Myths & Facts

  1. Myth: Colorectal cancer is a man’s disease.
    Truth: Colorectal cancer affects both men and women equally.
  2. Myth: I don’t have any symptoms so I must not have colorectal cancer.
    Truth: One of the most widely held misconception is that symptoms will be evident. More than half of people diagnosed have no symptoms. Symptoms such as a change in stools, rectal bleeding, abdominal pain, unexplained weight loss, anemia or constant tiredness can all signal colon cancer. Once the symptoms start to develop it may be a sign of more advanced disease.
  3. Myth: Once diagnosed, it is too late to do anything.
    Truth: Colorectal cancer is preventable and highly treatable when caught at an early stage. People diagnosed at early stages have a very high percentage of curing and surviving. Therefore, it makes good sense to get screened.
  4. Myth: You don’t need to get screened if there is no family history of the disease.
    Truth: If you have a family history of colorectal cancer, you may need to star tscreening before age 50. Consult your MD about screening options best for you. Most people with colorectal cancer don’t have a family member with the disease. Only 10-20% of people that have colorectal cancer have a family member afflicted.
  5. Myth: Colonoscopy is the only way to screen for colorectal cancer.
    Truth: There are several screening options for colorectal cancer, including fecal occult blood text (FOBT), fecal imuno-chemical test (FIT), sigmoidoscopy and the double-contrast barium enema.
  6. Myth: Colonoscopy is unpleasant, uncomfortable and difficult to prepare for.
    Truth: Preparing for colonoscopy involves cleaning the colon with the help of prescription and over the counter medicine. Typically, they must be consumed a day or 2 before the procedure. During the actual procedure patients are sedated to eliminate discomfort. The procedure itself takes between 15-20 minutes.
  7. Myth: My friend had a colonoscopy, so should I get one too?
    Truth: Colonoscopy screening is recommended for men and women beginning at age 50, unless other risk factors exist. If you are younger than 50 but have other risk factors, such as a family history, obesity, smoking, ulcerative colitis or Chrohn’s disease, speak to your doctor about your screening needs.
  8. Myth: A polyp means I have cancer.
    Truth: Polyps are benign growths that if left unchecked have the potential to develop into cancer. Polyps can be easily removed during a colonoscopy with the colonoscope. By removing the polyp at an early stage, it is prevented from becoming cancerous.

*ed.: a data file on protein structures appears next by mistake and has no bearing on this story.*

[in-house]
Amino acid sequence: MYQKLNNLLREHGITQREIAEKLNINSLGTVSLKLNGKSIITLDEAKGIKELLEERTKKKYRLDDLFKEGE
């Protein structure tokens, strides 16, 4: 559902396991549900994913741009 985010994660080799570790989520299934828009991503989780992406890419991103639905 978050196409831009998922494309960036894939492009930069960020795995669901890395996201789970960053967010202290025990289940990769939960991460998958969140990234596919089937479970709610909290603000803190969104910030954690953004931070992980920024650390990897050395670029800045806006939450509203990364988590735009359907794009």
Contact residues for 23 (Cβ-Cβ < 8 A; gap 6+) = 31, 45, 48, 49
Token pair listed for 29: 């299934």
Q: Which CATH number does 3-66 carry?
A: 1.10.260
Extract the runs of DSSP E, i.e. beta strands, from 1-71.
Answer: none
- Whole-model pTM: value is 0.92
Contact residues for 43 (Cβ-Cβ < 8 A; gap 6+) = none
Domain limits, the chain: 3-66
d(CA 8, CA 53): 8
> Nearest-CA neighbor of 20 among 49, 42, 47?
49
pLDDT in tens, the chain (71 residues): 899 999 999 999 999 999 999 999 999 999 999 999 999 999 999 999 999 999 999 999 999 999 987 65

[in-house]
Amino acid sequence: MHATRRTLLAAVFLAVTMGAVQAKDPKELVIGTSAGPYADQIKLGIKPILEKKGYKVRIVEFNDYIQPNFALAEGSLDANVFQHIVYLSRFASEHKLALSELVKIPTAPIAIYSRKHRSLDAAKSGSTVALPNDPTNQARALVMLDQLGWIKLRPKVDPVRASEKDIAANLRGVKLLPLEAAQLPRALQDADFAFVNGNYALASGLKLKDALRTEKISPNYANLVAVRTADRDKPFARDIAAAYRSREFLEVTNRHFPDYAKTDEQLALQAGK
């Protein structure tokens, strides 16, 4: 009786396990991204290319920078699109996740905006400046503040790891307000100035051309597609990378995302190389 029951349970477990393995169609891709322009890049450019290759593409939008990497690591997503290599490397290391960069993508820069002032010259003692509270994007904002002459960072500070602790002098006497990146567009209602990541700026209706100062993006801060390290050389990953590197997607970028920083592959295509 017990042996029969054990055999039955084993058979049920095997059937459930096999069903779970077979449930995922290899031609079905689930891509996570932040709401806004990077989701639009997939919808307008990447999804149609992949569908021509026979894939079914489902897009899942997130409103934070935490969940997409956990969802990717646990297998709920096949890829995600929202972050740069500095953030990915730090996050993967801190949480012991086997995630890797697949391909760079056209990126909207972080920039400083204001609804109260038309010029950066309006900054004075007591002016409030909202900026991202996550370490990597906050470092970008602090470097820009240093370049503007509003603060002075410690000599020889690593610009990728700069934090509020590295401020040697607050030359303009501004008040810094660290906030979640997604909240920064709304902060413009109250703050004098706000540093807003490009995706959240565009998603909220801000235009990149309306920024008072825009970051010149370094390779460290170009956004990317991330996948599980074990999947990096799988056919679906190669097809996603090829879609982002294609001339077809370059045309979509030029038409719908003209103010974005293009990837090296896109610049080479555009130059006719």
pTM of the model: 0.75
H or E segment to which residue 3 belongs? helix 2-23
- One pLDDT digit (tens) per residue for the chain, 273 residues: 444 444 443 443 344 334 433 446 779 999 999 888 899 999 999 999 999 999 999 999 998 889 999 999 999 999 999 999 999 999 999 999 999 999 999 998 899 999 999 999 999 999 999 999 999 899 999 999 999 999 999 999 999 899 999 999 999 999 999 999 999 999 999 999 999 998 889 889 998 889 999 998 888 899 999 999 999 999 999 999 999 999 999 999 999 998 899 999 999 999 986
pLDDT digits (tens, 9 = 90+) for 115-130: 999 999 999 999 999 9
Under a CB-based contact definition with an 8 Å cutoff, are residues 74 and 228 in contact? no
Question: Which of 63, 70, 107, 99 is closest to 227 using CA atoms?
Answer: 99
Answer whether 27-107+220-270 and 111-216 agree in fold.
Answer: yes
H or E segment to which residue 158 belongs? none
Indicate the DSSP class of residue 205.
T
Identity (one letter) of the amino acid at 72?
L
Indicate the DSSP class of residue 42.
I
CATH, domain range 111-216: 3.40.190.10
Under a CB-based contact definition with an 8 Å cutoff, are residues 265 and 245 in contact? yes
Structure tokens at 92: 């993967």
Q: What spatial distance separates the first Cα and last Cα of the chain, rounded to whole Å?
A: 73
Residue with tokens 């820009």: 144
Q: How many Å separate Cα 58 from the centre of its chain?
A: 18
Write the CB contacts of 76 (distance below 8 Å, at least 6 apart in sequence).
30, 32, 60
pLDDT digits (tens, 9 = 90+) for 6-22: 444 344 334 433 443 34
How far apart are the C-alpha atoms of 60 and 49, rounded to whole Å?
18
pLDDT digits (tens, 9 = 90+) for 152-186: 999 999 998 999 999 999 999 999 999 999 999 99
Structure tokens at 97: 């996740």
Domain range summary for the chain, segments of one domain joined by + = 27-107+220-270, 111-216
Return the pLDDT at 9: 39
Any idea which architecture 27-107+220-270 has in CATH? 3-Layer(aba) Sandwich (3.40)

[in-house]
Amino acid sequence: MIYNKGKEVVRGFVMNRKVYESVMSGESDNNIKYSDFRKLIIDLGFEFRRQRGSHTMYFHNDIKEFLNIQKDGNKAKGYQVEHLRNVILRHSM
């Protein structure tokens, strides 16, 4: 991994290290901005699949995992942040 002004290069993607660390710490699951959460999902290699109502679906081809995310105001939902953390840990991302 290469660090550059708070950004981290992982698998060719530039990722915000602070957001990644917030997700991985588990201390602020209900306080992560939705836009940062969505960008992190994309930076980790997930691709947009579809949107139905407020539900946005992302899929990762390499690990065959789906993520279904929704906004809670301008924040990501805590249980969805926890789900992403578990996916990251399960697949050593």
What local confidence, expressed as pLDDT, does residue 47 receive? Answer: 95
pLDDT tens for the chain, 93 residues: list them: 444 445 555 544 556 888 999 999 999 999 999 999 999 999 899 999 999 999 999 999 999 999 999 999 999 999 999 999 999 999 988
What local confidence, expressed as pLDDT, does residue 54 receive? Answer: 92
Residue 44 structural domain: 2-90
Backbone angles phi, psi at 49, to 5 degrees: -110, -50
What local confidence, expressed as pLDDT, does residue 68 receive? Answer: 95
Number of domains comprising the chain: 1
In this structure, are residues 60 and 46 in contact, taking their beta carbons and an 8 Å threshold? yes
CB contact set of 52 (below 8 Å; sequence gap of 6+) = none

9. Myth: If I have colorectal cancer, it means I am dying.
    Truth: When colorectal cancer is caught early it has an over 90% survival rate. That’s why screening is so important. Once colorectal cancer spreads to a distant organ (metastases), the survival rate is dramatically reduced, but with new treatments and medications the chances of survival are increasing.
  10. Myth: After I have colon surgery I will need a colostomy bag.
    Truth: Surgical techniques have improved so that the cancer can be effectively removed without the need, in most cases, for a colostomy. A colostomy is where surgeons create an artificial external method to collect excrement.
  11. Myth: Physical activity is good only for the heart.
    Truth: Physical activity is associated with reduced risk of colorectal cancer. Even moderate physical activity can be beneficial.
  12. Myth: What I consume won’t affect my chances of getting colorectal cancer.
    Truth: Fruit, vegetables, and fiber are associated with lowered risk of colorectal cancer. There is some evidence of an association between colorectal cancer and red meat. Smoking and alcohol consumption is associated with a higher risk of colorectal cancer. Aspirin and vitamin D are associated with a decreased risk of colorectal cancer.
  • #1 written by Bruce
    about 6 years ago

    Is virtual colonoscopy a dirty little secret ? In March 2008 the American Cancer Society accepted CTC as an “acceptable front-line screening” method but there is little mention of it. It works for me.

  • #2 written by Lynn
    about 5 years ago

    Just had a colonoscopy at the Victoria Hospital in Prince Albert two days ago. The pain was excruciating. The pain of Natural child birth was nothing compared to this procedure. After the procedure the doctor was no where to be found and the nurse just spoke like there was nothing irregular in this instance. How do I go about finding out what happened and why I was in such horrible pain?

  • #3 written by John
    about 2 years ago

    As a 67 year old, in March 2014 I experienced a colonoscopy completely unsedated (my choice), which let me view what the doctor saw on a video screen I was facing. It hurt only a little bit, not seriously, and I found the tour of my interior quite interesting. I have a set of pictures of the highlights. The most unpleasant part was the preparation having to twice drink a purge solution to make sure my bowels were clean. Fortunately, the doc saw nothing remarkable and I am set for another decade or so. Well worth the time and trouble. Recommended as a step to prevent dying for a stupid reason.

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